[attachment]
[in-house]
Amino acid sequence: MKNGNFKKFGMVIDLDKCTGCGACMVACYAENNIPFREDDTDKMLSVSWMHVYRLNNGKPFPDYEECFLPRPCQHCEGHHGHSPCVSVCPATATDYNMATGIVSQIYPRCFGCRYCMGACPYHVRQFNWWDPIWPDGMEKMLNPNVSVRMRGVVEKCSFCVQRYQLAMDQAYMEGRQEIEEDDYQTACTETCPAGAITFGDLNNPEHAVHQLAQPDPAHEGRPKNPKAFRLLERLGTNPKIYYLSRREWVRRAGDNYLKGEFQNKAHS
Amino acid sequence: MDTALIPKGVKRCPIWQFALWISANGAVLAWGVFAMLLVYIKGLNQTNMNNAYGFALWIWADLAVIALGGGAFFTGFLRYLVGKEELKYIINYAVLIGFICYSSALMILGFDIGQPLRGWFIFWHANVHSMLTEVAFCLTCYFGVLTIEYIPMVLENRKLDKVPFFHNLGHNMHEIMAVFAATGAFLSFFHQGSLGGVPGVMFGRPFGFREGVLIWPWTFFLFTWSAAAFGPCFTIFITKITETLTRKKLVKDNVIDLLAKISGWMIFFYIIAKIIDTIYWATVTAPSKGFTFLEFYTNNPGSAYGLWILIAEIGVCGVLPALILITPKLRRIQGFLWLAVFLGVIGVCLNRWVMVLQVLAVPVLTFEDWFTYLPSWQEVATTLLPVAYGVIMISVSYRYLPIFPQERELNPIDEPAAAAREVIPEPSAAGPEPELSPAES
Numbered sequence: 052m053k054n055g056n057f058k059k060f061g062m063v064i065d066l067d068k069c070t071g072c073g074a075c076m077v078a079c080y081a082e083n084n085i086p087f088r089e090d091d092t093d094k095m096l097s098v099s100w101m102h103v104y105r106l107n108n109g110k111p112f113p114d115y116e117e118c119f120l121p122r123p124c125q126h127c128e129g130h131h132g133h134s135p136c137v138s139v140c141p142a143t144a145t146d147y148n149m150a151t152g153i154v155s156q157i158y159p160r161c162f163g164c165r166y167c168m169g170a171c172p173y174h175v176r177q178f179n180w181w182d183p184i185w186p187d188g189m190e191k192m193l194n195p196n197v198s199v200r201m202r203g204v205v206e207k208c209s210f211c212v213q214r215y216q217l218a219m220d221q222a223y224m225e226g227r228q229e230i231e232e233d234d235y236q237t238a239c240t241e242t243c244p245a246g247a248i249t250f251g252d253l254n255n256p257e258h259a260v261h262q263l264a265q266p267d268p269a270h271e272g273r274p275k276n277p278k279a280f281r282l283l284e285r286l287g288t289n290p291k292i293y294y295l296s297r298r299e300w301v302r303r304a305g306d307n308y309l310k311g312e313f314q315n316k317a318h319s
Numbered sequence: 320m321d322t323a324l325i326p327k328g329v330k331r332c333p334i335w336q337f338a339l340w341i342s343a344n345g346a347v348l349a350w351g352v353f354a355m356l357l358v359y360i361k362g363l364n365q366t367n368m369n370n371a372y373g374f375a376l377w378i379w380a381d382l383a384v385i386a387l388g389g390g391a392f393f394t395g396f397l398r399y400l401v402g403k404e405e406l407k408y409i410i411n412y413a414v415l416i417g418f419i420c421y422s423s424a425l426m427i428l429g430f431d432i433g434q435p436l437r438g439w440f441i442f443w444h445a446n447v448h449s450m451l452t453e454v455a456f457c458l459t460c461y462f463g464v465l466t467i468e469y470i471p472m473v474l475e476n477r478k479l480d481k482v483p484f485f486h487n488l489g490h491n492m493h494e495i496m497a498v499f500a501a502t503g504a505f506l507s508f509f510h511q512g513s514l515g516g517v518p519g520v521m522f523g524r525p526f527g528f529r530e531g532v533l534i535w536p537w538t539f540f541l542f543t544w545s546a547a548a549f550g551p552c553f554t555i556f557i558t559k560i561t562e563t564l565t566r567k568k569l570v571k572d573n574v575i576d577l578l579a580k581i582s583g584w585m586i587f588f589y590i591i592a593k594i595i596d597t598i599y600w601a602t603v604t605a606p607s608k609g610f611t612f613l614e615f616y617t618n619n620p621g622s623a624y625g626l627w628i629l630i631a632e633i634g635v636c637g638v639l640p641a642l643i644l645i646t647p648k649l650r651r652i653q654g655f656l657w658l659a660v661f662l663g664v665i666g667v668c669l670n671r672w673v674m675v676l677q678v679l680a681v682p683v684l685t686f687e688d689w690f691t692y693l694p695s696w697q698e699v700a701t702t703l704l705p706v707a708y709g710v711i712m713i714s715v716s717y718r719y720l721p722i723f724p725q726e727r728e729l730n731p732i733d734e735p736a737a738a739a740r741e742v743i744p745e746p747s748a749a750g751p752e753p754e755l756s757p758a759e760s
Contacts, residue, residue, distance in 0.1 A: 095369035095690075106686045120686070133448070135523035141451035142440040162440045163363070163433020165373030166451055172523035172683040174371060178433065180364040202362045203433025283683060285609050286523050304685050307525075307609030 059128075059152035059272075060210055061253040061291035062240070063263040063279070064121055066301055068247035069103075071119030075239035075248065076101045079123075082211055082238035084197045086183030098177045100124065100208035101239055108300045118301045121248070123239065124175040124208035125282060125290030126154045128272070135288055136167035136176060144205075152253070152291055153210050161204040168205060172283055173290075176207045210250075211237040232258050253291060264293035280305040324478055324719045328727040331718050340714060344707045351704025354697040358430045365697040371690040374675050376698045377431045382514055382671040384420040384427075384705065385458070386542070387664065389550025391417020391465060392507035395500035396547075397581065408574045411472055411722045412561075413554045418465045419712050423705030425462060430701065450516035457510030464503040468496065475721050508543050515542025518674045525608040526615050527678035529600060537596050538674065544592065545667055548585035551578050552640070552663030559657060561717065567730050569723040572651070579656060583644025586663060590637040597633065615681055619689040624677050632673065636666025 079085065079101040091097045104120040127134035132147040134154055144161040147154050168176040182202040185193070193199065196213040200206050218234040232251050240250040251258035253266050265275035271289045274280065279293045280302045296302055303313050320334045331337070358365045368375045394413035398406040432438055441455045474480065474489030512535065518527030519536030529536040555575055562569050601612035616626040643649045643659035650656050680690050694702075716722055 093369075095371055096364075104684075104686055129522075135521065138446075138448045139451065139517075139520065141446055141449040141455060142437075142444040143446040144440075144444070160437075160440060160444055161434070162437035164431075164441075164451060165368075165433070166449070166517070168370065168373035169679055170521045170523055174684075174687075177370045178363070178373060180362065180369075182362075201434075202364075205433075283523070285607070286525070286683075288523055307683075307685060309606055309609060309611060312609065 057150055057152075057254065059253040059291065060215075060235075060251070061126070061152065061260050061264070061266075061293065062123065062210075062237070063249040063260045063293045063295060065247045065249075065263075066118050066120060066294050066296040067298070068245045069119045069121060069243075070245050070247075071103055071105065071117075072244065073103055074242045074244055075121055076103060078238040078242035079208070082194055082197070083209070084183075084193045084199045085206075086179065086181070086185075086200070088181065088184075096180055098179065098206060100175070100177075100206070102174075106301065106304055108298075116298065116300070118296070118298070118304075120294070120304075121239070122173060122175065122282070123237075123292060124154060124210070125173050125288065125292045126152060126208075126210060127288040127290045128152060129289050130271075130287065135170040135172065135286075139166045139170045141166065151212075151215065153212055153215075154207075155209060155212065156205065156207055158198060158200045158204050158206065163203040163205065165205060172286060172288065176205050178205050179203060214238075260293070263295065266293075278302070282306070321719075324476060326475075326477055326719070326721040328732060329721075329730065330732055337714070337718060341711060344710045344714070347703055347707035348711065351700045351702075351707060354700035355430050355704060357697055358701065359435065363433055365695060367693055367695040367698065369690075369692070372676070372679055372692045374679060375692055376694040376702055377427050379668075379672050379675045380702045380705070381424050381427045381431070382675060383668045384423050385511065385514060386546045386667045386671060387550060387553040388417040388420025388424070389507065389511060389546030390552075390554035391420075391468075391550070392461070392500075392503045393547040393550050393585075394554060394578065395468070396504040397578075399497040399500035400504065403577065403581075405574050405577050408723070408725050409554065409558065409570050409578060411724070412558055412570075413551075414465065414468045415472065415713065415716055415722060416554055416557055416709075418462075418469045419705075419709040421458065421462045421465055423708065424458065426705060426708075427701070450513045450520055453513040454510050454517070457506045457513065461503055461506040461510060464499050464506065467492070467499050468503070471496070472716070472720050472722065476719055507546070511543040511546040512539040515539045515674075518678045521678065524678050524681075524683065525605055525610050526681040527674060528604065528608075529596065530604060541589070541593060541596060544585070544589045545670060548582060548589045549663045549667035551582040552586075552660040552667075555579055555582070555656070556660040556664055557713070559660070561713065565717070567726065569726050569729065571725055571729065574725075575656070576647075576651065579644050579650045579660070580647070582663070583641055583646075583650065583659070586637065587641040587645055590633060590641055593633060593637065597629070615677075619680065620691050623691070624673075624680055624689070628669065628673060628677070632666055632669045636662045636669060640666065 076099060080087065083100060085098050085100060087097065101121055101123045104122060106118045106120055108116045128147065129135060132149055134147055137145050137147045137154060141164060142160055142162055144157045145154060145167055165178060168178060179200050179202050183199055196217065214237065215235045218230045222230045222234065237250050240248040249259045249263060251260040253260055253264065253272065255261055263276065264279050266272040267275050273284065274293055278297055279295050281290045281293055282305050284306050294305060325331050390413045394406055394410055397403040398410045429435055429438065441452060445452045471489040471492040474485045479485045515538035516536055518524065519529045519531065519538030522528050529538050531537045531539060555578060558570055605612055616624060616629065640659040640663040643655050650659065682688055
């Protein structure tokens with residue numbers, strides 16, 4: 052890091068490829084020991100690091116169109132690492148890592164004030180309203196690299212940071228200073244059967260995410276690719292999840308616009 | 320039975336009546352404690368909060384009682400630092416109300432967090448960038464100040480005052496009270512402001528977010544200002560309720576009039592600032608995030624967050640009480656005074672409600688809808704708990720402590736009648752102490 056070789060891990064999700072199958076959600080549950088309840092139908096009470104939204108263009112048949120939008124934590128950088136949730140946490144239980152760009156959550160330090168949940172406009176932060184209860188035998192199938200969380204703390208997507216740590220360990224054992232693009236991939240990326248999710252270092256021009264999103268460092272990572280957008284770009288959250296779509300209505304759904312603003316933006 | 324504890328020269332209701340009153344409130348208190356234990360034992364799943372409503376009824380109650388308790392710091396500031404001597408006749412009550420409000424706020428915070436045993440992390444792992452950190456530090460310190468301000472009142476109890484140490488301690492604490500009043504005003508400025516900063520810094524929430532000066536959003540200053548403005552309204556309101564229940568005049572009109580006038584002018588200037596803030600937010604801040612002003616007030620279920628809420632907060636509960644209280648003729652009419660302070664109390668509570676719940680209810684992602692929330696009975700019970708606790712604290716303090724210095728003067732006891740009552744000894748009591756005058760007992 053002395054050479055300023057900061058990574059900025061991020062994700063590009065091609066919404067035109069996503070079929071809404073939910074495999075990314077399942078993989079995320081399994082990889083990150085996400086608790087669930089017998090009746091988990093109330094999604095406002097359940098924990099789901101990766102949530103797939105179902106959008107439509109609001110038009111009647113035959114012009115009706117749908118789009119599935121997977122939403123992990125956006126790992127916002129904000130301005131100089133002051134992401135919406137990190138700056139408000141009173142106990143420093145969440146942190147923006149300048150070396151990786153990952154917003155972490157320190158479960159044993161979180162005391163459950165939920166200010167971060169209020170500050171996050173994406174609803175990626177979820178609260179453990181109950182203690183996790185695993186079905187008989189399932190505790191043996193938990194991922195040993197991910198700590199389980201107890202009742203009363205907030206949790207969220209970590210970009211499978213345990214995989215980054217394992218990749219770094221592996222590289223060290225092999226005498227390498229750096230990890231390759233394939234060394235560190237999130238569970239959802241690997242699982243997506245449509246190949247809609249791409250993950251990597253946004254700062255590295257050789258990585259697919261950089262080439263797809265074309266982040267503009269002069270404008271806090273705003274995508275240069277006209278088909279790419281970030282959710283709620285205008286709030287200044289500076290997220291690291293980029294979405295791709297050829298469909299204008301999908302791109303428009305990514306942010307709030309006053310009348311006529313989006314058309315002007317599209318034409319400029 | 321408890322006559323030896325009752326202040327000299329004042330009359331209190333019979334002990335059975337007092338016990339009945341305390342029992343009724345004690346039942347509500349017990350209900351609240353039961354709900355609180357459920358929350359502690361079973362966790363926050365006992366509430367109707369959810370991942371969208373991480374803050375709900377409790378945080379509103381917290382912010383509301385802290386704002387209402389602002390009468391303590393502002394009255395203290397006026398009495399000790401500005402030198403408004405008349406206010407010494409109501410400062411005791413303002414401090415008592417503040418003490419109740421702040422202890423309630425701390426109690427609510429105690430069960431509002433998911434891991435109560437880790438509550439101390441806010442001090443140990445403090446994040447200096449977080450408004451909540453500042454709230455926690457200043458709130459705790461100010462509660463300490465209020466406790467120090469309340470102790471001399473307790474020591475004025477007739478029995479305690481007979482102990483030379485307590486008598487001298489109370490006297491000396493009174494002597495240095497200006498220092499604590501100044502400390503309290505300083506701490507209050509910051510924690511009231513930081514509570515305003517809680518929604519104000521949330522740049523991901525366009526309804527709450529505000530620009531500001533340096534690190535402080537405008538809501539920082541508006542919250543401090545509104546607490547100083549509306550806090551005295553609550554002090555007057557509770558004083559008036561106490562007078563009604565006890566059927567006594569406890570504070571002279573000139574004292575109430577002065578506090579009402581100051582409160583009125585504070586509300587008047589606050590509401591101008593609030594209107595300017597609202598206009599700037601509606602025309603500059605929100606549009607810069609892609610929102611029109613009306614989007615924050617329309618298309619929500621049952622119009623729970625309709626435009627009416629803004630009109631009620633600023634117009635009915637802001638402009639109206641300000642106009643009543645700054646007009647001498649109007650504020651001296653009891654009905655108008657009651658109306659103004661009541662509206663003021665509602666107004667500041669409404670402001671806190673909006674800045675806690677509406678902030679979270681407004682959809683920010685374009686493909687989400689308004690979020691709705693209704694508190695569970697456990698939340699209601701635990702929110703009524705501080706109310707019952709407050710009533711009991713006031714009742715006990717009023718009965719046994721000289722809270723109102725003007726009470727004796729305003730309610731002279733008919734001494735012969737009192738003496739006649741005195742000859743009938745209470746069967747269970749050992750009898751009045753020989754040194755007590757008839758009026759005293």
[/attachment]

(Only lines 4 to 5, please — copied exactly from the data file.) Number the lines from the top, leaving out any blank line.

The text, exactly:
Numbered sequence: 052m053k054n055g056n057f058k059k060f061g062m063v064i065d066l067d068k069c070t071g072c073g074a075c076m077v078a079c080y081a082e083n084n085i086p087f088r089e090d091d092t093d094k095m096l097s098v099s100w101m102h103v104y105r106l107n108n109g110k111p112f113p114d115y116e117e118c119f120l121p122r123p124c125q126h127c128e129g130h131h132g133h134s135p136c137v138s139v140c141p142a143t144a145t146d147y148n149m150a151t152g153i154v155s156q157i158y159p160r161c162f163g164c165r166y167c168m169g170a171c172p173y174h175v176r177q178f179n180w181w182d183p184i185w186p187d188g189m190e191k192m193l194n195p196n197v198s199v200r201m202r203g204v205v206e207k208c209s210f211c212v213q214r215y216q217l218a219m220d221q222a223y224m225e226g227r228q229e230i231e232e233d234d235y236q237t238a239c240t241e242t243c244p245a246g247a248i249t250f251g252d253l254n255n256p257e258h259a260v261h262q263l264a265q266p267d268p269a270h271e272g273r274p275k276n277p278k279a280f281r282l283l284e285r286l287g288t289n290p291k292i293y294y295l296s297r298r299e300w301v302r303r304a305g306d307n308y309l310k311g312e313f314q315n316k317a318h319s
Numbered sequence: 320m321d322t323a324l325i326p327k328g329v330k331r332c333p334i335w336q337f338a339l340w341i342s343a344n345g346a347v348l349a350w351g352v353f354a355m356l357l358v359y360i361k362g363l364n365q366t367n368m369n370n371a372y373g374f375a376l377w378i379w380a381d382l383a384v385i386a387l388g389g390g391a392f393f394t395g396f397l398r399y400l401v402g403k404e405e406l407k408y409i410i411n412y413a414v415l416i417g418f419i420c421y422s423s424a425l426m427i428l429g430f431d432i433g434q435p436l437r438g439w440f441i442f443w444h445a446n447v448h449s450m451l452t453e454v455a456f457c458l459t460c461y462f463g464v465l466t467i468e469y470i471p472m473v474l475e476n477r478k479l480d481k482v483p484f485f486h487n488l489g490h491n492m493h494e495i496m497a498v499f500a501a502t503g504a505f506l507s508f509f510h511q512g513s514l515g516g517v518p519g520v521m522f523g524r525p526f527g528f529r530e531g532v533l534i535w536p537w538t539f540f541l542f543t544w545s546a547a548a549f550g551p552c553f554t555i556f557i558t559k560i561t562e563t564l565t566r567k568k569l570v571k572d573n574v575i576d577l578l579a580k581i582s583g584w585m586i587f588f589y590i591i592a593k594i595i596d597t598i599y600w601a602t603v604t605a606p607s608k609g610f611t612f613l614e615f616y617t618n619n620p621g622s623a624y625g626l627w628i629l630i631a632e633i634g635v636c637g638v639l640p641a642l643i644l645i646t647p648k649l650r651r652i653q654g655f656l657w658l659a660v661f662l663g664v665i666g667v668c669l670n671r672w673v674m675v676l677q678v679l680a681v682p683v684l685t686f687e688d689w690f691t692y693l694p695s696w697q698e699v700a701t702t703l704l705p706v707a708y709g710v711i712m713i714s715v716s717y718r719y720l721p722i723f724p725q726e727r728e729l730n731p732i733d734e735p736a737a738a739a740r741e742v743i744p745e746p747s748a749a750g751p752e753p754e755l756s757p758a759e760s